• If a woman who is not pregnant is bitten by a mosquito and infected with Zika virus, will her future pregnancies be at risk? We do not know the risk to the infant if a woman is infected with Zika virus while she is pregnant. Zika virus usually remains in the blood of an infected person for only a few days to a week. The virus will not cause infections in an infant that is conceived after the virus is cleared from the blood. There is currently no evidence that Zika virus infection poses a risk of birth defects in future pregnancies. A women contemplating pregnancy, who has recently recovered from Zika virus infection, should consult her healthcare provider after recovering.
• Should a pregnant woman who traveled to an area with Zika virus be tested for the virus? See your healthcare provider if you are pregnant and develop a fever, rash, joint pain, or red eyes within two weeks after traveling to a country where Zika virus cases have been reported. Be sure to tell your healthcare provider where you traveled.
• Is it safe to get pregnant after traveling to a country with Zika virus? If infected, Zika virus usually remains in the blood of an infected person for about a week. The virus will not cause infections in a baby that is conceived after the virus is cleared from the blood.
• Can a pregnant woman be tested for Zika weeks or months after being in a country with Zika? At this time, and for several reasons, we do not recommend routine Zika virus testing in pregnant women who have traveled to a country with known transmission. First, there can be false-positive results due to antibodies that are made against other related viruses. Second, we do not know the risk to the fetus if the mother tests positive for Zika virus antibodies. We also do not know if the risk is different in mothers who do or do not have symptoms due to Zika virus infection.
• What can people do to prevent becoming infected with Zika? There is no vaccine to prevent Zika. The best way to prevent diseases spread by mosquitoes is to avoid being bitten. Protect yourself and your family from mosquito bites. Here’s how:
- Wear long-sleeved shirts and long pants.
- Stay in places with air conditioning or that use window and door screens to keep mosquitoes outside.
- Use Environmental Protection Agency (EPA)-registered insect repellents. All EPA-registered insect repellents are evaluated for effectiveness. Always follow the product label instructions. Reapply insect repellent as directed. Do not spray repellent on the skin under clothing. If you are also using sunscreen, apply sunscreen before applying insect repellent.
- If you have a baby or child: Do not use insect repellent on babies younger than 2 months of age. Dress your child in clothing that covers arms and legs, or a covered crib, stroller, and baby carrier with mosquito netting. Do not apply insect repellent onto a child’s hands, eyes, mouth, and cut or irritated skin. Adults: Spray insect repellent onto your hands and then apply to a child’s face.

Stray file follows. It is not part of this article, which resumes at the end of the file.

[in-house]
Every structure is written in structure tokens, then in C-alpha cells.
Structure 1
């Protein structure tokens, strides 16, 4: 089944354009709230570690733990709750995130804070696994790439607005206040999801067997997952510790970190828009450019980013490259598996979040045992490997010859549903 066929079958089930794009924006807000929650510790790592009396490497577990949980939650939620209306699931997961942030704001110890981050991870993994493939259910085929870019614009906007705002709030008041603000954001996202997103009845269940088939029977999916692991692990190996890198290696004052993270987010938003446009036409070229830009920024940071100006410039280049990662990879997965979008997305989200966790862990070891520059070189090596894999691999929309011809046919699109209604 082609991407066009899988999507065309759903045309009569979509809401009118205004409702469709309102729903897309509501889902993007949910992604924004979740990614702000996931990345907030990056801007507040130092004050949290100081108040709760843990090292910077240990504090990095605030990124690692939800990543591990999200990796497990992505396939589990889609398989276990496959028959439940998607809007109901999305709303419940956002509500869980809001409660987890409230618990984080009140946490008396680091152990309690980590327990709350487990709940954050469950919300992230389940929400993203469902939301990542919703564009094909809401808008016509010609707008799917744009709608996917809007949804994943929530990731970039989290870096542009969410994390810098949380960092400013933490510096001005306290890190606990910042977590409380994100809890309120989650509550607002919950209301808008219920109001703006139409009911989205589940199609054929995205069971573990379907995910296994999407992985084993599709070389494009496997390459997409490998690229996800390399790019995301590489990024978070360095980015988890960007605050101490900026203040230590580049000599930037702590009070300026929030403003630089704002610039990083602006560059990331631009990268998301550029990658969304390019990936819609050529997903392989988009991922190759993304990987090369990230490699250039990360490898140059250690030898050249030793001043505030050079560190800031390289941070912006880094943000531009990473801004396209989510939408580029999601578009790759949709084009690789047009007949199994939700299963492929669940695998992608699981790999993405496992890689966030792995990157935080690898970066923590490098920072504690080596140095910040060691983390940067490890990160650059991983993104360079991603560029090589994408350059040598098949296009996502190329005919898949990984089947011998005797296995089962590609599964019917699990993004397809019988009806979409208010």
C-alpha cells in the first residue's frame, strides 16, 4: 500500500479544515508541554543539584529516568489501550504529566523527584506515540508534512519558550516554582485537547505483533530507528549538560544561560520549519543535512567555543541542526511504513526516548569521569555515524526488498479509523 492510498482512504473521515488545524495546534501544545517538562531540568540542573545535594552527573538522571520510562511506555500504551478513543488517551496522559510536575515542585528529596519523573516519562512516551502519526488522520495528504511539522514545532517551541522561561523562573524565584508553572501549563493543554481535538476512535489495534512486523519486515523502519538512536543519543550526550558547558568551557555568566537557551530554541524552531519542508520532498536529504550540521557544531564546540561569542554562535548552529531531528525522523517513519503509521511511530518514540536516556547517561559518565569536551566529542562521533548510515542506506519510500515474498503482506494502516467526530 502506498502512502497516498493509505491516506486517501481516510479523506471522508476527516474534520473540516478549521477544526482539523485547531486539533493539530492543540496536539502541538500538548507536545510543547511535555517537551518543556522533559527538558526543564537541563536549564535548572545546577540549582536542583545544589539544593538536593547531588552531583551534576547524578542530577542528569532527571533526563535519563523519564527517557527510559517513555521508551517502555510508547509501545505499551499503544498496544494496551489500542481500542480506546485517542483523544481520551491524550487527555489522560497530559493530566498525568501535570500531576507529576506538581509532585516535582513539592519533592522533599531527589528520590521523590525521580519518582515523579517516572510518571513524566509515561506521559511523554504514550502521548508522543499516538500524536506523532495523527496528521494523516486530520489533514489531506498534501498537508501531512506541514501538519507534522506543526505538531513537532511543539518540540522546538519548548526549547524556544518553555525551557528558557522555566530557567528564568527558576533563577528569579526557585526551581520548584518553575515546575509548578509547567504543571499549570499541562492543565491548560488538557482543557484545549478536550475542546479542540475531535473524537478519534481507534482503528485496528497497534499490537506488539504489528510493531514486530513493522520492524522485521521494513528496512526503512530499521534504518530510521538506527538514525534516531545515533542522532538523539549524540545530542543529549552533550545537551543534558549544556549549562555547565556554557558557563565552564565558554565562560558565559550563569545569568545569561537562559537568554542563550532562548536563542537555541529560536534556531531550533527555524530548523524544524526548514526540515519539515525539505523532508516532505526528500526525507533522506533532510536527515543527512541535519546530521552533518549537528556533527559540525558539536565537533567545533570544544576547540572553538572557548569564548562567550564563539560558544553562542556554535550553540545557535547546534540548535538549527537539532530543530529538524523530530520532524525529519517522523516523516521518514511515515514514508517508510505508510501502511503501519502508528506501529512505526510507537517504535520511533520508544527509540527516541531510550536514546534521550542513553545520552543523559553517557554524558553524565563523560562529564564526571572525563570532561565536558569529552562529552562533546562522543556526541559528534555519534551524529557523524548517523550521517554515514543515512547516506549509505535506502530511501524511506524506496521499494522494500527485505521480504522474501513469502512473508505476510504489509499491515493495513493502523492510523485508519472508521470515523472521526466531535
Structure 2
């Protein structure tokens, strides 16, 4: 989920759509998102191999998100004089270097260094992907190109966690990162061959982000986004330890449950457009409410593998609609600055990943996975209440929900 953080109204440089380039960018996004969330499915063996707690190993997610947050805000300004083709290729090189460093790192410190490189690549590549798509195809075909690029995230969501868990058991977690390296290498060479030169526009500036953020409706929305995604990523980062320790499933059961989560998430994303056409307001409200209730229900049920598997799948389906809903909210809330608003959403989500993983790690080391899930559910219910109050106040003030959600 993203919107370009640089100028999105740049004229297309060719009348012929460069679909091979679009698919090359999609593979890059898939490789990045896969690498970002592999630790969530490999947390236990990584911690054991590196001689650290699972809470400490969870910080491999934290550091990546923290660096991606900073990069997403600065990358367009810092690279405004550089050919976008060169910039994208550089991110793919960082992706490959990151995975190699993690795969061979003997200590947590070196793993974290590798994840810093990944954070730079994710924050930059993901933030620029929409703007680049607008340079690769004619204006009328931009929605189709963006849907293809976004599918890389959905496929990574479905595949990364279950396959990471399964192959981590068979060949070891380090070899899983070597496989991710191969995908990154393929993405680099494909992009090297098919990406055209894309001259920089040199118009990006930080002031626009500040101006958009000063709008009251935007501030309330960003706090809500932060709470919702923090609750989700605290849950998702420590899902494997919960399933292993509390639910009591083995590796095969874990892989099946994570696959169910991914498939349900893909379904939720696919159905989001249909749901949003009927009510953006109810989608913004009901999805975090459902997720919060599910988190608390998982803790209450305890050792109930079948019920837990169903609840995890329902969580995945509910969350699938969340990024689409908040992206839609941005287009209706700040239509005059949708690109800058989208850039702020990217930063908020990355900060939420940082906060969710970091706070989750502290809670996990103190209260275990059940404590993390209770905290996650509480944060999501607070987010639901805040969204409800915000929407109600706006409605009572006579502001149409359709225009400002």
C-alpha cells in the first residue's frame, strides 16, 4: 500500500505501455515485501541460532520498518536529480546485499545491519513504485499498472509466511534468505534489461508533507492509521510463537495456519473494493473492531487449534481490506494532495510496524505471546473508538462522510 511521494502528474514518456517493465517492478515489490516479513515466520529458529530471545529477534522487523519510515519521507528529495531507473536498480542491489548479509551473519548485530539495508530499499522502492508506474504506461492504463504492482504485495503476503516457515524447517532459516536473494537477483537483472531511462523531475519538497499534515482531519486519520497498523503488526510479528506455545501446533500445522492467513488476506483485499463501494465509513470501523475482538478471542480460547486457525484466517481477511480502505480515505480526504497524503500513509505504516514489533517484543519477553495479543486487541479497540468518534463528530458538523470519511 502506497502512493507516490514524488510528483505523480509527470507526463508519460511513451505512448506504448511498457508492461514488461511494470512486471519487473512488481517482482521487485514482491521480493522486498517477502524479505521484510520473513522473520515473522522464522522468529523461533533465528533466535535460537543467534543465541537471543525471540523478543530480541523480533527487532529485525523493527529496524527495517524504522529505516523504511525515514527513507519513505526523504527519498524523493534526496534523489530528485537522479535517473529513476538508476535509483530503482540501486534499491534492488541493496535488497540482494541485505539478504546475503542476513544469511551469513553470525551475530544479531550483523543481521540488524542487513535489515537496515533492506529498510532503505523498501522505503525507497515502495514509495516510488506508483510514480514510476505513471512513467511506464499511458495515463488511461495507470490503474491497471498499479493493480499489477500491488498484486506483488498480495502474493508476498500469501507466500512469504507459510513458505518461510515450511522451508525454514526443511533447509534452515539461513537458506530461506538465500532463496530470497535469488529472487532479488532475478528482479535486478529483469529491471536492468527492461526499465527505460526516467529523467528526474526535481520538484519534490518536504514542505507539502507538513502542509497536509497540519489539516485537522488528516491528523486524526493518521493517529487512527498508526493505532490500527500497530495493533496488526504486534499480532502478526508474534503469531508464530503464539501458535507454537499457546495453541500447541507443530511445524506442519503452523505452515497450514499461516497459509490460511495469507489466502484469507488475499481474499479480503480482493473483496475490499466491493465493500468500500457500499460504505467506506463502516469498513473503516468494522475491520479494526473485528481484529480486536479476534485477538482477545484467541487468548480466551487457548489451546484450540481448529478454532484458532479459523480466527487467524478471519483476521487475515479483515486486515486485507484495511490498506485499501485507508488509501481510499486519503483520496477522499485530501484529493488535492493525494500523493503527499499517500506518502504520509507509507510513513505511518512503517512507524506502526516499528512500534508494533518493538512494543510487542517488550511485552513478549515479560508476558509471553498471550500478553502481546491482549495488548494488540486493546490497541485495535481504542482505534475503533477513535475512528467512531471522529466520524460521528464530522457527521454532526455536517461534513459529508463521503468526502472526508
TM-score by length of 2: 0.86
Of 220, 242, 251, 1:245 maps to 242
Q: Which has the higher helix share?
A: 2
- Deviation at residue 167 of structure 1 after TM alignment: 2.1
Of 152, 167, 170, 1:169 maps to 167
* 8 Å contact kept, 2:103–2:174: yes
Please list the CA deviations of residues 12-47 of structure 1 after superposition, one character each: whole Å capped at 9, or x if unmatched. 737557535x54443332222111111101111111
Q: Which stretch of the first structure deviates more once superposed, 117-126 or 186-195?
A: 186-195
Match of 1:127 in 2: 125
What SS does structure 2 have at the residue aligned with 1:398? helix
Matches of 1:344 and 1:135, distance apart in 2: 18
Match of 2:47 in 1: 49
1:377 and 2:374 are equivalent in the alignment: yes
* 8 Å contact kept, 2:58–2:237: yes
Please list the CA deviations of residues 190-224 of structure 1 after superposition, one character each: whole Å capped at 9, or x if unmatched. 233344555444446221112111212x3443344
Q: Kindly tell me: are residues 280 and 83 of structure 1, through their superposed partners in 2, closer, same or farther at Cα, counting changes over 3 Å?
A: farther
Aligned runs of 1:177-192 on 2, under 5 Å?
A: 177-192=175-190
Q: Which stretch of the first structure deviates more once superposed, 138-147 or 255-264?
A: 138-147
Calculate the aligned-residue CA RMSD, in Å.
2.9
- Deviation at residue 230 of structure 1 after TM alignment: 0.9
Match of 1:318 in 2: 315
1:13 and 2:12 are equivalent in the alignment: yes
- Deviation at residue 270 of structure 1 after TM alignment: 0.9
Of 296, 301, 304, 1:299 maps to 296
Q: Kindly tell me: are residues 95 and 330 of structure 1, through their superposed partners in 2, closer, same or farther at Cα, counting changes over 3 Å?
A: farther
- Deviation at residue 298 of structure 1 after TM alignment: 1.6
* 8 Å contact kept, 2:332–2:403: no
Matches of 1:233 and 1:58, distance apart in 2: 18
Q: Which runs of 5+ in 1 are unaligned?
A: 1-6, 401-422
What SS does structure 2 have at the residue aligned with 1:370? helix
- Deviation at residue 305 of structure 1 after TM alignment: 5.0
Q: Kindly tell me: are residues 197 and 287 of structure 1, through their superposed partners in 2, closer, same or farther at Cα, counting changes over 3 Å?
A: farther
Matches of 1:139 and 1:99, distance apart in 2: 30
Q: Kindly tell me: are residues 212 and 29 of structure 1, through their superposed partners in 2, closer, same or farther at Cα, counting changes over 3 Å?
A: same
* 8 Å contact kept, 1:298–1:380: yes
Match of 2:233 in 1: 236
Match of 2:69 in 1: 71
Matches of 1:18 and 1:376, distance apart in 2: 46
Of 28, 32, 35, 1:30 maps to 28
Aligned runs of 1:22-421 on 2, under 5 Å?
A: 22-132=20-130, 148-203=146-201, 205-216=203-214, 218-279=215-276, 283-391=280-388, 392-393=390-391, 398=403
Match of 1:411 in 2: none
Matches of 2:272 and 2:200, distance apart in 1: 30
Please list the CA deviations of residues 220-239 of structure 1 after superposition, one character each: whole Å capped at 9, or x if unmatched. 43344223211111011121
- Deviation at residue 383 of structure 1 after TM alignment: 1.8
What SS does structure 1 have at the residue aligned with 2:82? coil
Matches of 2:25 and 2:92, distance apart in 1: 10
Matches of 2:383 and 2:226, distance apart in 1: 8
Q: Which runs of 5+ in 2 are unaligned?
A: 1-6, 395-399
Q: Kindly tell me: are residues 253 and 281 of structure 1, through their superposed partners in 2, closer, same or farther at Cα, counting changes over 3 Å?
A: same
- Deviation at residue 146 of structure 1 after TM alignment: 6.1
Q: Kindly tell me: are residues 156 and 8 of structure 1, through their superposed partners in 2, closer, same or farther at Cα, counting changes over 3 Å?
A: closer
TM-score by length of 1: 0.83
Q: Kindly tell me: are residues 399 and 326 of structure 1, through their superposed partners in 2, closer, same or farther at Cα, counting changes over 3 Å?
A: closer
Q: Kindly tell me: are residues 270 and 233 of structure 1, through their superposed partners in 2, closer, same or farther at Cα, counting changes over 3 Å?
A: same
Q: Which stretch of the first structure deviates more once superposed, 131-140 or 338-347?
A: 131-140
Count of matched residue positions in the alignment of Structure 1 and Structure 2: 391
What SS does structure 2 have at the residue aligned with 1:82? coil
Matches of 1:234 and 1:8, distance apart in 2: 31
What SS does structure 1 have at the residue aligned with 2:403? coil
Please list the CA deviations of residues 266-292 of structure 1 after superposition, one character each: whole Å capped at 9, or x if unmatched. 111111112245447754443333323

- Treat clothing and gear with permethrin or purchase permethrin-treated items. Treated clothing remains protective after multiple washings. See product information to learn how long the protection will last. If treating items yourself, follow the product instructions carefully. Do NOT use permethrin products directly on skin. They are intended to treat clothing.
- Sleep under a mosquito bed net if you are overseas or outside and are not able to protect yourself from mosquito bites.
• What is the treatment for Zika? There is no specific medicine to treat Zika virus infections. Treat the symptoms:
- Get plenty of rest.
- Drink fluids to prevent dehydration.
- Take medicine such as acetaminophen to reduce fever and pain.
- Do not take aspirin or other non-steroidal anti-inflammatory drugs.
- If you are taking medicine for another medical condition, talk to your healthcare provider before taking additional medication.
• How is Zika diagnosed? See your healthcare provider if you develop symptoms (fever, rash, joint pain, red eyes). If you have recently traveled, tell your healthcare provider. Your healthcare provider may order blood tests to look for Zika or other similar viral diseases like dengue or chikungunya.
• What should I do if I have Zika? In addition to treating the symptoms, you can protect others. During the first week of infection, Zika virus can be found in the blood and passed from an infected person to another mosquito through mosquito bites. An infected mosquito can then spread the virus to other people. To help prevent others from getting sick, avoid mosquito bites during the first week of illness. See your healthcare provider if you are pregnant and develop a fever, rash, joint pain, or red eyes within 2 weeks after traveling to a country where Zika virus cases have been reported. Be sure to tell your healthcare provider where you traveled.
• Does Zika virus infection cause Guillain-Barre syndrome (GBS)? GBS is a rare disorder where a person’s own immune system damages the nerve cells, causing muscle weakness and, sometimes, paralysis. These symptoms can last a few weeks or several months. While most people fully recover from GBS, some people have permanent damage and in rare cases, people have died. We do not know if Zika virus infection causes GBS. It is difficult to determine if any particular pathogen “caused” GBS. The Brazil Ministry of Health is reporting an increased number of people affected with GBS. CDC is working to determine if Zika and GBS are related.